Saturday, October 22, 2011

Pepsi vs. Coca Cola – Never-ending war!

Coca Cola, the most famous luscious drink in the world, recently celebrated its 125th birthday. But the main rival, Pepsi, still claims that they are better then Coca Cola in every aspect. It is needless to say that these two companies have written thousands of pages of marketing strategies.

World War II was perhaps the most devastating and tragic conflict in history. The U.S. war in Vietnam was perhaps the stupidest conflict in history. But, there is no doubt that the war between Coca Cola and Pepsi is the most expensive one. However, some would characterize this conflict and as “the vainest”, because almost everyone knows that these two drinks are actually the same thing – regardless of the efforts that these two giants are doing to prove otherwise.

With parties all around the world, Coca Cola has recently celebrated 125 years of planet amusement.  And let me clear immediately the following misconception – they have not created Santa Claus, nor dressed him in red, but they did gave an invaluable contribution to his image and popularity. Their legendary logo hasn’t change throughout history, nor has their famous bottle.

Pepsi was created 12 years later, in 1898, when the enterprising Caleb Bradham mixed something in his garage, in New Bern, North Carolina.

The first advertisement for Pepsi was a poster with one of the first professional automobile race drivers, Barney Oldfield, who promoted the drink with: "A bully drink...refreshing, invigorating, a fine bracer before a race." Previously, Coca-Cola had already developed a marketing system, which included special coupons for the purchase of their drink, as well as huge commercials and murals on U.S. buildings. Some of them have been preserved to this day.

For decades, the “second drink” tried to reach the popularity and sales of Coca Cola, until a real earthquake that occurred in the forties. Pepsi’s president at that time, Walter Mack, realized that all ads for this two refreshing drinks promoted stereotypes against black people, or just ignored them completely. He realized that Pepsi could focus on the “negroes” – as the black Americans were called then - and devised a campaign in which African-Americans appeared in a more positive perspective.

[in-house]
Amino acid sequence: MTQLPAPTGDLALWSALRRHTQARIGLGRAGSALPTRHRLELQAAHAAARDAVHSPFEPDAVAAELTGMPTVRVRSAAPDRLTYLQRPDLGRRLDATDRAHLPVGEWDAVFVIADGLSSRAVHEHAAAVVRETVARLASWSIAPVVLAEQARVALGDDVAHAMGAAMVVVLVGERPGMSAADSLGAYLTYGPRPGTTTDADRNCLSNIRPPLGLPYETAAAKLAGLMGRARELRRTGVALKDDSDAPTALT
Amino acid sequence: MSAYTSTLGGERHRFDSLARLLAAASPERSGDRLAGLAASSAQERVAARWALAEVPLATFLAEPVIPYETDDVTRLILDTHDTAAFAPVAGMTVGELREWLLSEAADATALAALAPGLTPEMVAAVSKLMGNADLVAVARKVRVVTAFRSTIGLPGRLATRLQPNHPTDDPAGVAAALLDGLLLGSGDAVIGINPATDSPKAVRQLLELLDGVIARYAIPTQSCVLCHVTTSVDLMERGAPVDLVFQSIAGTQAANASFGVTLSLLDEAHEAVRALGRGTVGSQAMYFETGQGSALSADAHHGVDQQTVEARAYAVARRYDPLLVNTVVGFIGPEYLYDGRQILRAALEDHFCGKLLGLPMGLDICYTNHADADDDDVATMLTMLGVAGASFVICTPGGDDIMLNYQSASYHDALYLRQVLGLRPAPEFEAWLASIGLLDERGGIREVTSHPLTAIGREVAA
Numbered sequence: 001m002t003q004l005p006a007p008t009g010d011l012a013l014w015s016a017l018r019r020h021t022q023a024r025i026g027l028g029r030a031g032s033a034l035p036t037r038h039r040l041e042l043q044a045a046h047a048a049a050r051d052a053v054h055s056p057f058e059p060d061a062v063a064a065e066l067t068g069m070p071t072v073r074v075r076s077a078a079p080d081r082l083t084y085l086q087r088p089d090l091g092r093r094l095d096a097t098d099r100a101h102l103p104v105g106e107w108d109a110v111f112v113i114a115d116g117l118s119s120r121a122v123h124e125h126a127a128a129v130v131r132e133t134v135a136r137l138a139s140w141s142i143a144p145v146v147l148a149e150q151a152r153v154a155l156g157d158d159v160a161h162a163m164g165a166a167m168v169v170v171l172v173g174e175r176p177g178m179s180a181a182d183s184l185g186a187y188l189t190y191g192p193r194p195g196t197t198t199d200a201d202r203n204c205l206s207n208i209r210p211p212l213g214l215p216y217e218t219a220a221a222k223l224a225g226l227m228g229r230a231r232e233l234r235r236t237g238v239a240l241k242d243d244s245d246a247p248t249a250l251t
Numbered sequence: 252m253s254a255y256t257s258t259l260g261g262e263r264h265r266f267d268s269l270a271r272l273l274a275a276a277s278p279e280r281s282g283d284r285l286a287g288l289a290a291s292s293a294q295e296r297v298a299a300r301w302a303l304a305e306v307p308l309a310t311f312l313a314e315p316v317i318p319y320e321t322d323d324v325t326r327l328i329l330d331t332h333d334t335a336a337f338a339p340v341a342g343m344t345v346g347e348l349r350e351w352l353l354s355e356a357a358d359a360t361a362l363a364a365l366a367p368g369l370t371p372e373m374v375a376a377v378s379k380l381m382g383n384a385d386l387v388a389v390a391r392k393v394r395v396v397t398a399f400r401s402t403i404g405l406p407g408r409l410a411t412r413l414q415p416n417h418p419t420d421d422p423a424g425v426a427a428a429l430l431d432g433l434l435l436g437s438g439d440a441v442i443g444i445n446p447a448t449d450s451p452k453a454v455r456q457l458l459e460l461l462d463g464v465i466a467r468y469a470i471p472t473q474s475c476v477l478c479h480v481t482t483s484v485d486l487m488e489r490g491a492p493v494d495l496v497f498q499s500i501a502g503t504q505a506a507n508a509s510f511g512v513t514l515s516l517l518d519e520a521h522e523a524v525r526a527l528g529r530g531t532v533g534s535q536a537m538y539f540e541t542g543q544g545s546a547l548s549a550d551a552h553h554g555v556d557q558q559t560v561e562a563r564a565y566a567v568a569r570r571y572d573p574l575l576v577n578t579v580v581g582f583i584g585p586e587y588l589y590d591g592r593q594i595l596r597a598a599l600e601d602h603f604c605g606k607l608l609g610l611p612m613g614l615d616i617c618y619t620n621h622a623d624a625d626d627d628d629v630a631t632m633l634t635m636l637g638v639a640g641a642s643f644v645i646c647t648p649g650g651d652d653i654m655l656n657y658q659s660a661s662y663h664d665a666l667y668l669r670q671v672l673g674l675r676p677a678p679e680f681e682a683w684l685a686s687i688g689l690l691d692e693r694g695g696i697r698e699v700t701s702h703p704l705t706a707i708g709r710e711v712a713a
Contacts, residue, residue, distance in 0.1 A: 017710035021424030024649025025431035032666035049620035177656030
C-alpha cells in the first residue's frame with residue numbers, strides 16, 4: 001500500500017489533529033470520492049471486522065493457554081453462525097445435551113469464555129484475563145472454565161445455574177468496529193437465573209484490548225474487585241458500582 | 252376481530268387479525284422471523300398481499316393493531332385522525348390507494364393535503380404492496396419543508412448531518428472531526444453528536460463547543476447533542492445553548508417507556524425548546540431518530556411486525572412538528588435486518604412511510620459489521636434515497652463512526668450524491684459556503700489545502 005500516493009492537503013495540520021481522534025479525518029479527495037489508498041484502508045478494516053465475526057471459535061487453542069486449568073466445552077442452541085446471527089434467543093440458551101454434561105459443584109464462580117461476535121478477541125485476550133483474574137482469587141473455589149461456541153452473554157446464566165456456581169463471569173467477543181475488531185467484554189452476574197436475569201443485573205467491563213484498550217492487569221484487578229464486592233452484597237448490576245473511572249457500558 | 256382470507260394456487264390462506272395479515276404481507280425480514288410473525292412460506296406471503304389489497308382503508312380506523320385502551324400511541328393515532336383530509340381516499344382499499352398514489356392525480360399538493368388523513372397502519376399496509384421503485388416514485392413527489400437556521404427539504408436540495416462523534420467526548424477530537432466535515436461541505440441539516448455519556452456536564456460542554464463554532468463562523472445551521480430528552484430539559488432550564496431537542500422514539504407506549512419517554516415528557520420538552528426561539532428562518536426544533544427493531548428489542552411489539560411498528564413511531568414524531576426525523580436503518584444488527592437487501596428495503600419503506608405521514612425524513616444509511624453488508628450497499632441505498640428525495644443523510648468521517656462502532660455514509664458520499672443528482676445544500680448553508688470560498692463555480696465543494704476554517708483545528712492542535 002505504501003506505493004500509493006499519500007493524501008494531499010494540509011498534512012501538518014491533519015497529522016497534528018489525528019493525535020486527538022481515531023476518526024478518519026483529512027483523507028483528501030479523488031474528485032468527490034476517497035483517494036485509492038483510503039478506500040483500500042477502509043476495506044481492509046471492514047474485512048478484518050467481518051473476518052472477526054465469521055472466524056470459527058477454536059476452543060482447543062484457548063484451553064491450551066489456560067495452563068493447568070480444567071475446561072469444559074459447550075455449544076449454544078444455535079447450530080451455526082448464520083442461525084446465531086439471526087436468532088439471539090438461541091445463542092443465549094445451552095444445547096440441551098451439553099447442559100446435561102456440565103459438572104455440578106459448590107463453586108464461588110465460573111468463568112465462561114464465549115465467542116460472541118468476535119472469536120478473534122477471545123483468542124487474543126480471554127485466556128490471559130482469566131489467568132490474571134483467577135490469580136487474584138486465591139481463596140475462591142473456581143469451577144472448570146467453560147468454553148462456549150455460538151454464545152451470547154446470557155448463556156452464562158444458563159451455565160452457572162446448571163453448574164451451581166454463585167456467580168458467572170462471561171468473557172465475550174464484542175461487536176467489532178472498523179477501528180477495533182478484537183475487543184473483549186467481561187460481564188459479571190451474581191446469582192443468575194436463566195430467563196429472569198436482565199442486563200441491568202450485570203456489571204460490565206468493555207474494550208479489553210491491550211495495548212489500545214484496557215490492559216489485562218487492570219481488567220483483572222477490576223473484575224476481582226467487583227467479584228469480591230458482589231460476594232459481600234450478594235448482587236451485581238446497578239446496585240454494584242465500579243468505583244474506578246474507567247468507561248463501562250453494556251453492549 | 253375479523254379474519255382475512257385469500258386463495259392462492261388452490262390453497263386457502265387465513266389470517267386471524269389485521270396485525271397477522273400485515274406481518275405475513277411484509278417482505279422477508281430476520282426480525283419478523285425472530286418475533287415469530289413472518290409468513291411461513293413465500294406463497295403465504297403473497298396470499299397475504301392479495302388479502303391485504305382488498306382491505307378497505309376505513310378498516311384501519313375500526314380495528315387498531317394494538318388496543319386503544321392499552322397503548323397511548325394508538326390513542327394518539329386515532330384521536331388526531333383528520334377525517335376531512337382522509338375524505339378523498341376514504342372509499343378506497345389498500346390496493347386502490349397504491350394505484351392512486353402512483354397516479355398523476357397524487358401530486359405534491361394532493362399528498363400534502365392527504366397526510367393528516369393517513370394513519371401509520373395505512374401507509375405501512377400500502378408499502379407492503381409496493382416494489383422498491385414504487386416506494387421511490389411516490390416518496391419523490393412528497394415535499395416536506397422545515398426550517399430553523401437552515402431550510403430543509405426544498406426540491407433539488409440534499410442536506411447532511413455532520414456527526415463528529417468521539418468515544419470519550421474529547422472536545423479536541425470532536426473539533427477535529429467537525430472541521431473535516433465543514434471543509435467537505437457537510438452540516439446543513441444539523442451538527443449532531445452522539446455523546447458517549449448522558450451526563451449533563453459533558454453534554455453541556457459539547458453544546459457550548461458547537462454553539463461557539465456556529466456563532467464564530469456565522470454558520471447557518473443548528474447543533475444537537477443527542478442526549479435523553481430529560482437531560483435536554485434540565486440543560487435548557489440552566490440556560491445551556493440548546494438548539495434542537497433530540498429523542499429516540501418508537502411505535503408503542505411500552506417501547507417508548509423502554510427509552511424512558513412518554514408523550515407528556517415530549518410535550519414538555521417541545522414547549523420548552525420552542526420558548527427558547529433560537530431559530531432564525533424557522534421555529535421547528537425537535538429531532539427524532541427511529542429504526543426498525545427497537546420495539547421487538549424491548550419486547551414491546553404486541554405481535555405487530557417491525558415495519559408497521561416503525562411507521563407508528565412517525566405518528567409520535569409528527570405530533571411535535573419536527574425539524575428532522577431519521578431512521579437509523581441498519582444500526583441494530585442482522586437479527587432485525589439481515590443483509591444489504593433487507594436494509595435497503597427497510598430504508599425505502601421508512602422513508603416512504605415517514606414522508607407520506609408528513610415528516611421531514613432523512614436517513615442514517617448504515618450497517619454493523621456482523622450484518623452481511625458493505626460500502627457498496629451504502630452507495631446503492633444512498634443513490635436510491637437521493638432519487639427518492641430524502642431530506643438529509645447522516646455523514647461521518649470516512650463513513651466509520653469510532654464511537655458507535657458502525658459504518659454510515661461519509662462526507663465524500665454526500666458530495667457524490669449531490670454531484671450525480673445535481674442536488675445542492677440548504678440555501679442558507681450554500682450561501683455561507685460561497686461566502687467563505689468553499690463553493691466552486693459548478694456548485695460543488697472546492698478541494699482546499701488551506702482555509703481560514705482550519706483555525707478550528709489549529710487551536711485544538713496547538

However, racial segregation was still very strong throughout America, especially in the south. Pepsi’s marketing team suffered great discrimination, insults, and the members of Ku Klux Klan even threatened them with death. Pepsi tried to use this through the messages that told how Coca Cola is a racist company. Thanks to this, the sales of Pepsi in Chicago surpassed Coke for the first time. 

 However, the pressure on the company leaders, who did not want to lose white customers, was too strong. Walter Mack, who soon left the presidential chair, defended himself with the words: “We don't want it to become known as a nigger drink.

In the seventies, when the West entered the consumer heyday, the escalation of conflict that burned low for decades occurred. Thanks to the U.S. laws that allowed even the most aggressive advertising, Pepsi and Coca Cola started bombing each other with all forces they got.  That is how, in 1975, came the famous Pepsi Challenge.

Pepsi Challenge was, in fact, just an ordinary tasting that was supposed to prove that Pepsi is better, and that the people’s opinions were generally shaped with advertising and image. In shopping malls throughout U.S., a representative of Pepsi would set-up a stand with two unmarked cups. In one cup was Pepsi and in the other Coca Cola. The people would try both and then decide which drink was better. The test results showed that people preferred the taste of Pepsi.

From the late seventies and onwards, both brands hired celebrities as promoters. Pepsi started with Michael Jackson and Madonna, and Coca Cola responded with Paula Abdul and George Michael.  Pepsi later hired David Beckham, and even Britney Spears, which caused a scandal when she was caught with a glass of Coke in her hand.

Before that, in 1985 and a decade later, both drinks found themselves on a Space-shuttle "Challenger". Pepsi’s last great success was in the mid-nineties, when they launched a campaign called Pepsi Stuff. With each purchased can or bottle of Pepsi, you would receive a certain number of points, and by collecting them, you were able to redeem them for some gift. The success of the campaign was so great that Pepsi was selling more than Coca Cola, especially during the summer in which the Olympic Games were held in the United States, in Atlanta, where the headquarters of Coca-Cola is located.

One of the biggest scandals in the history of Pepsi is related to this very campaign. Their commercial claimed that anyone who collects seven million points, would receive as a gift a military plane - Harrier Jump Jet. For $700,000, Seattle resident John Leonard bought just enough points and asked his reward from Pepsi. When the company refused to give him an aircraft worth $23 million, Leonard sued them, but he lost...

How things stand now? Latest information indicates that Pepsi lost its second place by Diet Coke. But, apparently, Pepsi is preparing a new, and more “dangerous” campaign…

Pepsi and Coca Cola over the decades

-    1972 – Pepsi conquers Soviet Union
-    1975 – Pepsi launches Pepsi Challenge
-    1977 – Pepsi bought Pizza Hut
-    1985 – in April, Coca Cola changes her recipe and introduces New Coke
-    1985 – in July, Coca Cola returns to the old recipe
-    2000 – Coca Cola enters on the North Korean market
-    2002 – in Atlanta begins the operation Coca Cola Vanilla, which ends with a failure
-    2003 – Coca Cola starts selling its products in Iraq

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